I need to check that the broach isn't bottoming out of the bore of the broach holder first, then I'll recut the face of the broach to give it more front relief to see if that makes a difference. No harm in fiddling with it while I'm waiting for the bearings to arrive. Most likely at the weekend as I'm behind in my grading and I have a job to apply to this week
    Wait, are your a teacher??

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  • mattthemuppet
    replied
    thanks Max! In the 2nd version the broach rotated (or was supposed to) in the broach holder, with ~1 1/4in of bore/broach contact and the 1/4in BB at the end. I was using grease on the BB and 20W oil on the side of the broach holder bore - probably too thick for this but it spun easily by hand. I'll use ISO32 next time as that's much thinner.

    I need to check that the broach isn't bottoming out of the bore of the broach holder first, then I'll recut the face of the broach to give it more front relief to see if that makes a difference. No harm in fiddling with it while I'm waiting for the bearings to arrive. Most likely at the weekend as I'm behind in my grading and I have a job to apply to this week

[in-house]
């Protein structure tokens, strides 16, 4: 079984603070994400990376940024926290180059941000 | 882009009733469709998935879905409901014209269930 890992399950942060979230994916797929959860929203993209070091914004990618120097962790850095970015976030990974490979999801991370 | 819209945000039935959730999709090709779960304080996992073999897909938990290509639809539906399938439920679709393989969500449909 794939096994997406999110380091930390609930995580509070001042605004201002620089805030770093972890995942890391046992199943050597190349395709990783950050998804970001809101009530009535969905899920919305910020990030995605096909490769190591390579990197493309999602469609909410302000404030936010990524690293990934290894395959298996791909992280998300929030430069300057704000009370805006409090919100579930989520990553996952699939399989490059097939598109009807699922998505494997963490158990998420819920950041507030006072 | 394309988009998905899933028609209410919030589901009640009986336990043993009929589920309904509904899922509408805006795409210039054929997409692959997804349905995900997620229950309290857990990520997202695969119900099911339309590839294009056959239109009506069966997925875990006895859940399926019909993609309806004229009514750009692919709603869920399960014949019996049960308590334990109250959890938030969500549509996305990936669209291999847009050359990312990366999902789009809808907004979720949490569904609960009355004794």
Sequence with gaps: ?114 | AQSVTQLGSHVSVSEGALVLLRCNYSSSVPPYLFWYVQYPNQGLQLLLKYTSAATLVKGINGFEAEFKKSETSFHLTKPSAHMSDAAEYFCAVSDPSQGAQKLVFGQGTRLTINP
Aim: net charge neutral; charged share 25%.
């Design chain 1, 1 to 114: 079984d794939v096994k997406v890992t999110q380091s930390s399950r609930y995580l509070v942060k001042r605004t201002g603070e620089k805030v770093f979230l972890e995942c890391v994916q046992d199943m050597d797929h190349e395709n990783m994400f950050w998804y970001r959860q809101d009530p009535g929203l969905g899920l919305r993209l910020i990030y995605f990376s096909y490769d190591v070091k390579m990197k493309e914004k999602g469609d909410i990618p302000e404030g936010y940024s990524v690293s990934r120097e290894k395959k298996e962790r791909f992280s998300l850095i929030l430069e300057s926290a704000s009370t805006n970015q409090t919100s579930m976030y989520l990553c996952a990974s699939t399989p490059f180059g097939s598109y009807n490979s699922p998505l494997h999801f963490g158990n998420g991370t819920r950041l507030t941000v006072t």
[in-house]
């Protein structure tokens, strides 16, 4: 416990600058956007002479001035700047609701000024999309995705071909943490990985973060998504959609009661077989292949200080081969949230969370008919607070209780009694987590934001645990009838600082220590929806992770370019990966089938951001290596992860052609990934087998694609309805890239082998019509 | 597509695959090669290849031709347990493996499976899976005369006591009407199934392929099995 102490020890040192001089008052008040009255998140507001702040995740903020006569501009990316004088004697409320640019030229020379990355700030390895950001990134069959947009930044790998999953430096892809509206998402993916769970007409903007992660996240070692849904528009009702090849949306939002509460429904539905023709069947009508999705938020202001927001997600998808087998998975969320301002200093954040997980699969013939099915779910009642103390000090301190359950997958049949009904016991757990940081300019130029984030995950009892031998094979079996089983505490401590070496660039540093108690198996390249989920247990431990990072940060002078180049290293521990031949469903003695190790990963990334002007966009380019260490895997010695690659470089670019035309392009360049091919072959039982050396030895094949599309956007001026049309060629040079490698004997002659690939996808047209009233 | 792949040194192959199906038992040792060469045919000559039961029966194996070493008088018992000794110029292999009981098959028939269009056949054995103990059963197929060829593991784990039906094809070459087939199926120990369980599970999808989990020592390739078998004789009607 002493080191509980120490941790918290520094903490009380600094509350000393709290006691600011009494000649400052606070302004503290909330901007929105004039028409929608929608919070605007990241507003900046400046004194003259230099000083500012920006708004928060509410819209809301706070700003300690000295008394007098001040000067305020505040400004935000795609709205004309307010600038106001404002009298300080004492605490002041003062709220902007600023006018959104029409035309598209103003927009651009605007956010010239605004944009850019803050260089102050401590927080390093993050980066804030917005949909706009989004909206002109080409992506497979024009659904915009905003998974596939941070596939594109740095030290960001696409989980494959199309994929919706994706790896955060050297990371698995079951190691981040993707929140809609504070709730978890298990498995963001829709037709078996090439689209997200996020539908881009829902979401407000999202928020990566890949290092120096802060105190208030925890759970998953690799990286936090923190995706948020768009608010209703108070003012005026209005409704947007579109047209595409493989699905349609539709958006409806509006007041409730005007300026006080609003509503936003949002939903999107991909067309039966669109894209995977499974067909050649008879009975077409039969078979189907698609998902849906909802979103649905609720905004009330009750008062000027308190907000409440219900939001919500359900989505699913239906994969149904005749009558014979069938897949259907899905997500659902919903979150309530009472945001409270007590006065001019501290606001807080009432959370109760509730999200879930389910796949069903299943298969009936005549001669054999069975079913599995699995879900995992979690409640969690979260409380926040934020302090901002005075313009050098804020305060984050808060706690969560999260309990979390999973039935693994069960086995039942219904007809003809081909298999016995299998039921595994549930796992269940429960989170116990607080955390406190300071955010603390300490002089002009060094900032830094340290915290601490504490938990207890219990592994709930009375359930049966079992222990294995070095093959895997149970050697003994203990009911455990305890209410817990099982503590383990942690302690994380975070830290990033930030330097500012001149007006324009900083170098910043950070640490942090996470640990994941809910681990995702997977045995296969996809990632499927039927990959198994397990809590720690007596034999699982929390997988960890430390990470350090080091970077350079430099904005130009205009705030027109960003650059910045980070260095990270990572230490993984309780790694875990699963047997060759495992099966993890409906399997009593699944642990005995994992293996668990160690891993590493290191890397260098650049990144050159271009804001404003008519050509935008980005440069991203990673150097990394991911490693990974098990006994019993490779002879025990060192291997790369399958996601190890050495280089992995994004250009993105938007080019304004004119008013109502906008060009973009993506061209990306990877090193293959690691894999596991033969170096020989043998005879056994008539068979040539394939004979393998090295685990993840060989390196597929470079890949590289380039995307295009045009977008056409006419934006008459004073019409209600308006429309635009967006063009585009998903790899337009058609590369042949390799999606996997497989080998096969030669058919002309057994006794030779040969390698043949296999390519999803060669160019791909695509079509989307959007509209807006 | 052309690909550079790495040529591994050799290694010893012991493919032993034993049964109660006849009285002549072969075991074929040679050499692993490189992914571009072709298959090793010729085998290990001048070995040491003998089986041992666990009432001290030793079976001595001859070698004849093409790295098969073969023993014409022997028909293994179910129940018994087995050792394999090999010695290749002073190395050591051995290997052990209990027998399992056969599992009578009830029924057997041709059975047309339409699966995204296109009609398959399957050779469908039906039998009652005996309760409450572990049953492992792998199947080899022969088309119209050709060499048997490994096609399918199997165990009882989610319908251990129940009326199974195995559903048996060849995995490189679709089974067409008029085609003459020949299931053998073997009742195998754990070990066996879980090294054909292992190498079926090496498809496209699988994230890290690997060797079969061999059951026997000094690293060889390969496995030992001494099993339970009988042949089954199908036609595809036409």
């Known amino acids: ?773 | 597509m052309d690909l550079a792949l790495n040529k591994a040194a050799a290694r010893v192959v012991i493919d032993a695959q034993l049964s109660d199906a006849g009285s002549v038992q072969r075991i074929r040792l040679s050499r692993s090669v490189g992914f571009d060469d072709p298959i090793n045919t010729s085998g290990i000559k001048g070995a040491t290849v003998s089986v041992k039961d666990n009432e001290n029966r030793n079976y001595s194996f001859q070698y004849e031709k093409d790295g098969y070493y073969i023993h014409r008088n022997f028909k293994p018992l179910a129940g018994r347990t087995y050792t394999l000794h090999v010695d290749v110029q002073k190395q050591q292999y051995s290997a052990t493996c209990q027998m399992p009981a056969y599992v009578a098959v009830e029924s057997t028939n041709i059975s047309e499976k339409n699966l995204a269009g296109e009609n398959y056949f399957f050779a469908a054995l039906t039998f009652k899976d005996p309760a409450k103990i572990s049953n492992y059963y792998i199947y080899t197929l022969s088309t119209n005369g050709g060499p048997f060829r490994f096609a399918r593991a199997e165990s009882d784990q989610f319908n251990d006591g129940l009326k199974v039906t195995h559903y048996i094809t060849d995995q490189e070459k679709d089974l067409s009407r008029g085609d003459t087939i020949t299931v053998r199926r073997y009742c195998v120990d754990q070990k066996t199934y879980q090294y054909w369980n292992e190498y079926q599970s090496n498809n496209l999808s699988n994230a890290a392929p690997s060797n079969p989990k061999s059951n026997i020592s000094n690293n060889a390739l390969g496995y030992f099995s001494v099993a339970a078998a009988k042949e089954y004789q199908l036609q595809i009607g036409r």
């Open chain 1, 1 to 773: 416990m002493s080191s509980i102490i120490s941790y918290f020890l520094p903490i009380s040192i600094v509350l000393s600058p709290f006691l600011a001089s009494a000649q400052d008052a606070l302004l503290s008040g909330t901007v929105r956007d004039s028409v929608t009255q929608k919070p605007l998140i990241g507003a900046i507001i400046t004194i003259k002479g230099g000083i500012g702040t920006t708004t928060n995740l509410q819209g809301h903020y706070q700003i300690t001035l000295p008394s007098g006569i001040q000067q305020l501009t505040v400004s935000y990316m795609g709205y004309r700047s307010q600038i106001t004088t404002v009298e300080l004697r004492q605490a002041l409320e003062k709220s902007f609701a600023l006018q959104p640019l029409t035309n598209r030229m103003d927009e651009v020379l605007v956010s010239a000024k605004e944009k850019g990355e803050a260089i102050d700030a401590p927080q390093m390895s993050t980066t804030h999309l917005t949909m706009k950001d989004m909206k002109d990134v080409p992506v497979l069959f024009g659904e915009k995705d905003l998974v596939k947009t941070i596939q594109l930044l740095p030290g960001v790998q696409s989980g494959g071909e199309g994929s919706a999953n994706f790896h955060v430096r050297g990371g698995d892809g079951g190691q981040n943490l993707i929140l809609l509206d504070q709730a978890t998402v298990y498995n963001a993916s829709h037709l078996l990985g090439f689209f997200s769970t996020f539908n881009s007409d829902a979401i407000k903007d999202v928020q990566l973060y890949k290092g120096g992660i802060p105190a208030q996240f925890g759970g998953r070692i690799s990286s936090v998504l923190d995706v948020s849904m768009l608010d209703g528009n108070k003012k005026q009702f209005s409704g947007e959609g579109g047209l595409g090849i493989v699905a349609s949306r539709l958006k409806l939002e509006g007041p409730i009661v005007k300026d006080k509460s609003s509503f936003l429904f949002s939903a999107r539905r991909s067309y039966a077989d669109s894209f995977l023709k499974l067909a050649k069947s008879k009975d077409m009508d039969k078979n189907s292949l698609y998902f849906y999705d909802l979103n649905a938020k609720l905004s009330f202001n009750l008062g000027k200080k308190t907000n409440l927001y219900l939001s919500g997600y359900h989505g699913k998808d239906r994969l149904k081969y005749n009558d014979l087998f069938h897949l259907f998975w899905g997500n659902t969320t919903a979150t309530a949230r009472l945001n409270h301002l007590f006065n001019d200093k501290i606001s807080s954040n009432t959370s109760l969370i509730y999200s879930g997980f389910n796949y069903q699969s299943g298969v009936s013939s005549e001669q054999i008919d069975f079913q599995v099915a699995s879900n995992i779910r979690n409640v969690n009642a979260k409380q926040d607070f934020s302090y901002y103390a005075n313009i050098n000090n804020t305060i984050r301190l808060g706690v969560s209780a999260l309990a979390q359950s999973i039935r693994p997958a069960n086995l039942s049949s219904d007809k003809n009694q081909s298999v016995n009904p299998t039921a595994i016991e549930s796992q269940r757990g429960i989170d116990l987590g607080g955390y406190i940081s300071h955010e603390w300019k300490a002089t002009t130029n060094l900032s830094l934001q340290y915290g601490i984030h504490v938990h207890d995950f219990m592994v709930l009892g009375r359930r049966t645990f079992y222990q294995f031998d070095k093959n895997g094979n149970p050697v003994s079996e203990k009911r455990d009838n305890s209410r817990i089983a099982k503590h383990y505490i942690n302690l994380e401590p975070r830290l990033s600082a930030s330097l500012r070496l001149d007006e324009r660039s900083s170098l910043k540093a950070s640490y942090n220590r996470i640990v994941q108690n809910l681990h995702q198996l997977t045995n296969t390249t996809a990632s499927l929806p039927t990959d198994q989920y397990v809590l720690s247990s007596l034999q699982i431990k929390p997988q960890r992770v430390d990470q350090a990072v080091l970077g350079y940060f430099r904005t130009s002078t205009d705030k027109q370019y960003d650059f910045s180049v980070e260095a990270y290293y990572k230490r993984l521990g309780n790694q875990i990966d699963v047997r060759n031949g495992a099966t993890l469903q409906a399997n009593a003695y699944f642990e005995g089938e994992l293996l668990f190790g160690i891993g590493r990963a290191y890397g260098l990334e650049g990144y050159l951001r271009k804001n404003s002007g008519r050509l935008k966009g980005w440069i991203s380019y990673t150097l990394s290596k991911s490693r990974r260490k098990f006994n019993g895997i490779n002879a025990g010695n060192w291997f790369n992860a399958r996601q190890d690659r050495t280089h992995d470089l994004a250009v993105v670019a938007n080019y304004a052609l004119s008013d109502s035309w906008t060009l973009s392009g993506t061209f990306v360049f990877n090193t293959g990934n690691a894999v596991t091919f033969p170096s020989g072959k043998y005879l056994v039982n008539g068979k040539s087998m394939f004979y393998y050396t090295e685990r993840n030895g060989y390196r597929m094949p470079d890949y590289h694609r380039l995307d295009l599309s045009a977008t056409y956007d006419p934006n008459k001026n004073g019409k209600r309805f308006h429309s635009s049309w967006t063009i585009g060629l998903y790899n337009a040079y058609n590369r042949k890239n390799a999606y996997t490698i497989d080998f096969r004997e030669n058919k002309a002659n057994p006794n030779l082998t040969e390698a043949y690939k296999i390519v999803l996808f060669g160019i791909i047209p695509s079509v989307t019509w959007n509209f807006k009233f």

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  • mars-red
    replied
    Originally posted by softtail View Post
    I wonder about the possibility of using an Allen key with ground relief for the cutter. Seems doable.
    I've heard of people doing exactly that for softer metals, and some Allen keys are hard enough that I think you could get away with a use or two in steel. If it's good high carbon steel, you could even re harden it and probably get as much use out of it as the O1 or W1 broaches I've made.

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  • softtail
    replied
    I wonder about the possibility of using an Allen key with ground relief for the cutter. Seems doable.

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  • mars-red
    replied
    No worries, Matt, just wanted to offer in case it would help.